The Church’s Crumbling Foundation

In Kuala Lumpur, Malaysia, it is easy to spot the Petronas Towers. These twin towers were the tallest buildings in the world from 1994 until 2008. They still remain as the tallest twin towers in the world. Building skyscrapers is an amazing process that requires a tremendous amount of planning and knowledge. One of the most unique features of the Petronas Towers is the foundation of the buildings. At 394 feet, the towers hold claim to the deepest foundation in the world. It took twelve months and massive amounts of concrete and steel to build the foundation.

Every contractor, in fact, every child who has ever tried to stack dominoes or blocks, understands the necessity of a good foundation. The reason for the extreme size of this foundation is because of the depth of the bedrock in Malaysia. Even forty stories worth of concrete must sit on something solid in order to support a structure. Without good support, every structure will eventually topple.

Understanding the need for a good foundation raises a red flag as I think about the modern church in America. Before I can explain my concern, I probably need to make a short statement of what I see happening in the church today. The majority of churches can be fit into two categories. (Don’t you love people who can classify everything into two categories?)

The first category is those churches that are consumer driven and entertainment focused. Plans are made and programs implemented on the basis of what people outside the church want. The rationale is that when the church offers what people want, they will come. These offerings include music style, recreation opportunities, children’s activities, and family events. This is why I say these churches are also entertainment focused. Great emphasis is placed on high quality because of the belief that people expect their entertainment to be good and must compete with what they can find in the secular world.

Let me be quick to ask you not to misunderstand what I am saying. In defining these churches as consumer driven and entertainment focused I am not being critical. Their intention is good. They are striving to attract people so they will hear and respond to the Gospel. Many of these churches are very effective and gather enormous crowds who are then provided with a powerful presentation of the Christian message. Tremendous amounts of time, effort, and money are expended week after week in order to bring people to the church.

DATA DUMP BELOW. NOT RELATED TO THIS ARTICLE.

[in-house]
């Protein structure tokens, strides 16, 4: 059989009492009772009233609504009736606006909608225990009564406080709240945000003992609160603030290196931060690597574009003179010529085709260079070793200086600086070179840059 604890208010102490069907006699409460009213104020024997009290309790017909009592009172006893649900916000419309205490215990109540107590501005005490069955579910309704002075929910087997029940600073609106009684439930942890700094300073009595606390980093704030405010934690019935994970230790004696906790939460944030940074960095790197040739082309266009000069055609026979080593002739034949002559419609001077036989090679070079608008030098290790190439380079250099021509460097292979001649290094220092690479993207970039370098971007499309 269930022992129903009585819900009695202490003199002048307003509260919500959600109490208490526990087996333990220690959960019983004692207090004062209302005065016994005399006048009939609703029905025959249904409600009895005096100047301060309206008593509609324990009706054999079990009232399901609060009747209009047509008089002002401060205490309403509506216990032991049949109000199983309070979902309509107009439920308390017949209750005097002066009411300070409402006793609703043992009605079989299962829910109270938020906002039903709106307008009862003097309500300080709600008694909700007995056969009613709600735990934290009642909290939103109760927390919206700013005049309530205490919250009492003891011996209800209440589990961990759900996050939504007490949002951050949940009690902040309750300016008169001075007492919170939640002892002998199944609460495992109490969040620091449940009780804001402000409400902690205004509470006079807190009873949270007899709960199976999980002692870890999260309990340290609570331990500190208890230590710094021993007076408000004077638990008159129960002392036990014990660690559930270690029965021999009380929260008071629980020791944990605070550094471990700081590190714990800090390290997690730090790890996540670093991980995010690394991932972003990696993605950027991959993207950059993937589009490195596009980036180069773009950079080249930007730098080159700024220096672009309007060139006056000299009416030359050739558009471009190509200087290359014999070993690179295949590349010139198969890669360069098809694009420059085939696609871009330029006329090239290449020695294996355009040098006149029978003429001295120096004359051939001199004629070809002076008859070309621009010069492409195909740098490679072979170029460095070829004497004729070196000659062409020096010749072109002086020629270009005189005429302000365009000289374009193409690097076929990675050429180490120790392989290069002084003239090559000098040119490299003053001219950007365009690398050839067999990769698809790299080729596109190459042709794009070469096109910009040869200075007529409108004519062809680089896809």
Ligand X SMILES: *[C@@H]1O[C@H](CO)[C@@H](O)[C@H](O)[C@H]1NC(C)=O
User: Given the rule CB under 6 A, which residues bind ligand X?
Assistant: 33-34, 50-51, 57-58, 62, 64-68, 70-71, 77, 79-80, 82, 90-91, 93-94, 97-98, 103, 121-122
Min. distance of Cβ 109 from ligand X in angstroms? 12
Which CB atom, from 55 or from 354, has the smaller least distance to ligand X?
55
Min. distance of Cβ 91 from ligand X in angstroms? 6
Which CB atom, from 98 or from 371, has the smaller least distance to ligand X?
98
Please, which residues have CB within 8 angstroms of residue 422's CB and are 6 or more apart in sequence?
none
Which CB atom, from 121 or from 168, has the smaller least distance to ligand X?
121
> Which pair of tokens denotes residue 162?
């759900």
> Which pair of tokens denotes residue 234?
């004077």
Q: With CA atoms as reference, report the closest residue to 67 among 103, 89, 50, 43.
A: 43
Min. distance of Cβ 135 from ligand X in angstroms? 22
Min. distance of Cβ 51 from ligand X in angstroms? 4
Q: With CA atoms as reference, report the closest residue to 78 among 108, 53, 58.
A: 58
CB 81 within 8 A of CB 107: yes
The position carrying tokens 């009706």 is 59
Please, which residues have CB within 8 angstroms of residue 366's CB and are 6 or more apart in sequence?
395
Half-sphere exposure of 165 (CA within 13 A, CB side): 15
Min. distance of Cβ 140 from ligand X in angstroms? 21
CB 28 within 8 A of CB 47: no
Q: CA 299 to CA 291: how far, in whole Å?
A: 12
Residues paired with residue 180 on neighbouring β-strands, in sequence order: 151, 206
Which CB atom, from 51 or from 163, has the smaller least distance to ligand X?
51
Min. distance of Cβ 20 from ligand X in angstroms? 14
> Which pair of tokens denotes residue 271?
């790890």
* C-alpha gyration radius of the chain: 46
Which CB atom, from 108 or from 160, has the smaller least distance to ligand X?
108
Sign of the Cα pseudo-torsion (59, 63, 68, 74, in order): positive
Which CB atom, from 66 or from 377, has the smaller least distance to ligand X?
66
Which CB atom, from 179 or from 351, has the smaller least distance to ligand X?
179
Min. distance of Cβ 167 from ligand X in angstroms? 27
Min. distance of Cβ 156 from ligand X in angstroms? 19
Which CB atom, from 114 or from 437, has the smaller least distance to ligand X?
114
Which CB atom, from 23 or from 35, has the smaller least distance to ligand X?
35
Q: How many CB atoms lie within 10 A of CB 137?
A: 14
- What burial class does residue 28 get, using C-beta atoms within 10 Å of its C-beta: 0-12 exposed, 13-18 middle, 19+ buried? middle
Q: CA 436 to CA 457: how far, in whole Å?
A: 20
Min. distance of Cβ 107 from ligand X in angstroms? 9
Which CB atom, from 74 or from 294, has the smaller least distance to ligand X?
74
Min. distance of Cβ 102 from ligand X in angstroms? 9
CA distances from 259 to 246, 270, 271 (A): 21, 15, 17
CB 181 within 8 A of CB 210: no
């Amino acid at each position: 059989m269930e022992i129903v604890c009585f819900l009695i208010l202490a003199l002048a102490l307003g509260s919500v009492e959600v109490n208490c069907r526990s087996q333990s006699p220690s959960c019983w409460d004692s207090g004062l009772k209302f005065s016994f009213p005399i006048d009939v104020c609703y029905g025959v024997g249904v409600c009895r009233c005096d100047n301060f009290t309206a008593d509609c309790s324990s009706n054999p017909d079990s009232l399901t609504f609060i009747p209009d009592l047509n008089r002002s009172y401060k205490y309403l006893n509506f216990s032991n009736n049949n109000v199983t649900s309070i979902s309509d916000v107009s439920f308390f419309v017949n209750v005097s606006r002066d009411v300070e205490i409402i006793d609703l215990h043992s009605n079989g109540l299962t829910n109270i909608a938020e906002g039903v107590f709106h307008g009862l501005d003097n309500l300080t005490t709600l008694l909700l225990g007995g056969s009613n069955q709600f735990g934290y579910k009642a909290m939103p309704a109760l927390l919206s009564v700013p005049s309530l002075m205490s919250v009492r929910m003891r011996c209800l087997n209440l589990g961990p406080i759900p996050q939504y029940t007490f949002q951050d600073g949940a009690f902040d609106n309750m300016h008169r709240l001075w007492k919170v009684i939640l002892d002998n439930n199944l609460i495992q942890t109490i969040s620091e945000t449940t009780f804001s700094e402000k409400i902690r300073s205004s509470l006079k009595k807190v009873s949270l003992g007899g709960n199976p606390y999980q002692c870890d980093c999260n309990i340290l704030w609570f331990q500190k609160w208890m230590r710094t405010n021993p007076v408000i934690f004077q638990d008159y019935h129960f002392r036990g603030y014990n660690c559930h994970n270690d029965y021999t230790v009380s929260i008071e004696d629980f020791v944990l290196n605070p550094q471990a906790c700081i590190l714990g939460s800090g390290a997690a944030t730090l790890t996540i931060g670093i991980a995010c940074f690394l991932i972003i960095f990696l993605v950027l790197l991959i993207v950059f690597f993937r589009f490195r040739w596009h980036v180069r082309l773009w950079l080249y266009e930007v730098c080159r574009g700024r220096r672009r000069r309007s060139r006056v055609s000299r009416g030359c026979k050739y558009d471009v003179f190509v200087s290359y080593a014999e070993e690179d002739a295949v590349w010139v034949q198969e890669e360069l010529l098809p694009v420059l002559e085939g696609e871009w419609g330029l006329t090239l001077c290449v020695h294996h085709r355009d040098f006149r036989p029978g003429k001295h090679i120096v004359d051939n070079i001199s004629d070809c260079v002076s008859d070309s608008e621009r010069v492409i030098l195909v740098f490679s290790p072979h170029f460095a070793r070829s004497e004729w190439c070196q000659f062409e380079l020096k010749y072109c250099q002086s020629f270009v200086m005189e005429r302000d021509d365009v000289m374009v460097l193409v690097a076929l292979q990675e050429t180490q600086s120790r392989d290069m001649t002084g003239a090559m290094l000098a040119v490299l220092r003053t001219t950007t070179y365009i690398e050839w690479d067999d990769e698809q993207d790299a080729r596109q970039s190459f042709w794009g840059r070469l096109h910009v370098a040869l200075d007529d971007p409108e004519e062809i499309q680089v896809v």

Many churches in this first category have grown to be extremely large, which in turn has caused many others to follow their lead. The pressing need is for church leaders who are charismatic (in personality, not necessarily theologically), driven, good communicators (verbally and/or musically), and attractive.

This category of churches contains most of the very fast growing churches in our country. These congregations are attracting large groups of people, most of them from the second category of churches that I will define shortly. These churches are constructing a massive structure and make a huge mark on the religious landscape of our world.

The second major category of churches in this country can be described as tradition bound and struggling for survival. These churches continue to do church just like they have for the past few generations. Many of these churches have a rich history of service and success and a few of them are still doing an effective job of reaching people and experiencing growth.